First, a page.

Social Dimensions of Student Debt
Media commentary on undergraduates' loan debt portrays a crisis in which many students are unable to pay back their loans, having borrowed large sums and lacking sufficient post-college income to repay. Several scholars have questioned the media accounts, noting that indebtedness is highest among students from high income families, while defaults predominate among low debt students. Using a data mining technique known as CART, we analyze national data on the indebtedness of recent baccalaureate graduates, to uncover combinations of social characteristics that are associated with loan pressure: the ratio of indebtedness to post-college earnings. We find that students from lower income families who attend expensive institutions - especially for-profit colleges - accumulate high debt. In contrast to earlier scholarship, after controlling for the net cost of attending a college, we find that lower-income students face much higher loan pressure than students from more affluent families.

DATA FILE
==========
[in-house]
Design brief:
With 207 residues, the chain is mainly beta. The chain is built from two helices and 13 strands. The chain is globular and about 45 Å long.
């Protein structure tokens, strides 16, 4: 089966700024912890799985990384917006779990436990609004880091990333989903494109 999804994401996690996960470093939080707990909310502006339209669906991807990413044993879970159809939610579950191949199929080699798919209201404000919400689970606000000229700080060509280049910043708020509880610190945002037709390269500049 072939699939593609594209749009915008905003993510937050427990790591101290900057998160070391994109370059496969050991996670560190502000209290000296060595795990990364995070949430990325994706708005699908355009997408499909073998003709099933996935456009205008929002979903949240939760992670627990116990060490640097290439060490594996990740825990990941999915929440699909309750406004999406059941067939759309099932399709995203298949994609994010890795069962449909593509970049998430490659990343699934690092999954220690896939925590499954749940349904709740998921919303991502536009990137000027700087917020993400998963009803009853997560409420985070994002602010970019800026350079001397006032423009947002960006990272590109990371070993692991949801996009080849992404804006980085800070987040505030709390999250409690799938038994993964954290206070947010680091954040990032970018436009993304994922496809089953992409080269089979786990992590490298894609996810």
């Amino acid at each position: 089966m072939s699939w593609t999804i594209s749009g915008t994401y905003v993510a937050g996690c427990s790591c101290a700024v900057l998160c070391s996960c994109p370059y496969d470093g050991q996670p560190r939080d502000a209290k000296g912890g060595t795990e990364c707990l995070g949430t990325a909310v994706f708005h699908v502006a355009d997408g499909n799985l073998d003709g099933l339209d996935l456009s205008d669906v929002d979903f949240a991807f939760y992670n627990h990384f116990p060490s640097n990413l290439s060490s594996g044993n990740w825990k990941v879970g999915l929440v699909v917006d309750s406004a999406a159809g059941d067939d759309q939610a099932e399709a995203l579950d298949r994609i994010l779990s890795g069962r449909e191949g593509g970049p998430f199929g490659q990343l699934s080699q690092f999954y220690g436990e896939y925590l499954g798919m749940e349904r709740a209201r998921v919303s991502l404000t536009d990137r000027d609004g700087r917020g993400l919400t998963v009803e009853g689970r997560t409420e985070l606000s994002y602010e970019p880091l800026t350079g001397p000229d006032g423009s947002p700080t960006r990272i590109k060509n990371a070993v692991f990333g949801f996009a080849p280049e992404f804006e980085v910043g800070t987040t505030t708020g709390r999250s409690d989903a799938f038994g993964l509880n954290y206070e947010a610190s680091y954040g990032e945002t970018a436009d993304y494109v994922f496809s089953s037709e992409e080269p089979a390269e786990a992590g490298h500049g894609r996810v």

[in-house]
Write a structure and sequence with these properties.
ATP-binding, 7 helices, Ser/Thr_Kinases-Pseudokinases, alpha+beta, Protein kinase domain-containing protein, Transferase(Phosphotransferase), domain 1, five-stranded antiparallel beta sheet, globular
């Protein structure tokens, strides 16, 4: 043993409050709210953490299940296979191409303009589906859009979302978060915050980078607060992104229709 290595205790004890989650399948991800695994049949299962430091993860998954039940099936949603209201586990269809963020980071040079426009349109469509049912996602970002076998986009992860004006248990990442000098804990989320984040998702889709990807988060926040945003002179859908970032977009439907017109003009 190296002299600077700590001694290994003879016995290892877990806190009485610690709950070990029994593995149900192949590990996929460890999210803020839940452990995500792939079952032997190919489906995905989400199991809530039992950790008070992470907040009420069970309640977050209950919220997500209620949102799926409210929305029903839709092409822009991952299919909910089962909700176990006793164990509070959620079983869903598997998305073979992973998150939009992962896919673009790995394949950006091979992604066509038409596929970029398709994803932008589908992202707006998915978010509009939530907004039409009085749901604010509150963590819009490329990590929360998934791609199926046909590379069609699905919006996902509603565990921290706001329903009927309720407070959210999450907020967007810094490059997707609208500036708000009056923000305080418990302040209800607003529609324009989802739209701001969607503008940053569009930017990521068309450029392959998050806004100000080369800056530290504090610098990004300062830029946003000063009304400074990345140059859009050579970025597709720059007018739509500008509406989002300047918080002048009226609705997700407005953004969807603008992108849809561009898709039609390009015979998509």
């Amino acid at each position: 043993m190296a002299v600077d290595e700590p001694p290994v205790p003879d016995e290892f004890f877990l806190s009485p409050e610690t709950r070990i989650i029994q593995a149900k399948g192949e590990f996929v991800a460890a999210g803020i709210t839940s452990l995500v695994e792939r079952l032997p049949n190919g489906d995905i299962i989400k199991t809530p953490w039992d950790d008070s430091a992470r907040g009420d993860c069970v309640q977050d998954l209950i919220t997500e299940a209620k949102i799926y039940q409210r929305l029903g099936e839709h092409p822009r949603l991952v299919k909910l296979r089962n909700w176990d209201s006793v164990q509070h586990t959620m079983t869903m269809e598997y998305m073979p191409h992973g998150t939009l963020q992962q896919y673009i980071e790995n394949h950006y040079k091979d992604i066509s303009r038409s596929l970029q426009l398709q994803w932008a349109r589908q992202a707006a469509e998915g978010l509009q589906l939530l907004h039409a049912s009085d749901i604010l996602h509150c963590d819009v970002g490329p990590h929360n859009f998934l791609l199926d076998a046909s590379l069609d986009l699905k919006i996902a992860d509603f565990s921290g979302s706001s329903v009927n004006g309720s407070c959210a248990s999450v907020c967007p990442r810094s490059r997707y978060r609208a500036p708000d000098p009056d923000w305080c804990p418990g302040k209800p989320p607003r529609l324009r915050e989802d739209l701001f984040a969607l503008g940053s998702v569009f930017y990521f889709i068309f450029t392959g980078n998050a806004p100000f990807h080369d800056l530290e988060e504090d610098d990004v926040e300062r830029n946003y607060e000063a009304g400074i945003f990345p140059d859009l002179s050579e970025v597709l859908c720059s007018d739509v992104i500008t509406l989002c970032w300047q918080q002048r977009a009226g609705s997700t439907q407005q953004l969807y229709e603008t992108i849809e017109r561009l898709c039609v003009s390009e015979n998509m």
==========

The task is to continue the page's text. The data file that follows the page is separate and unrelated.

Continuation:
Witteveen, Dirk and Attewell, Paul
"Social Dimensions of Student Debt: A Data Mining Analysis,"
Journal of Student Financial Aid: Vol. 49
, Article 1.
Available at: https://ir.library.louisville.edu/jsfa/vol49/iss1/1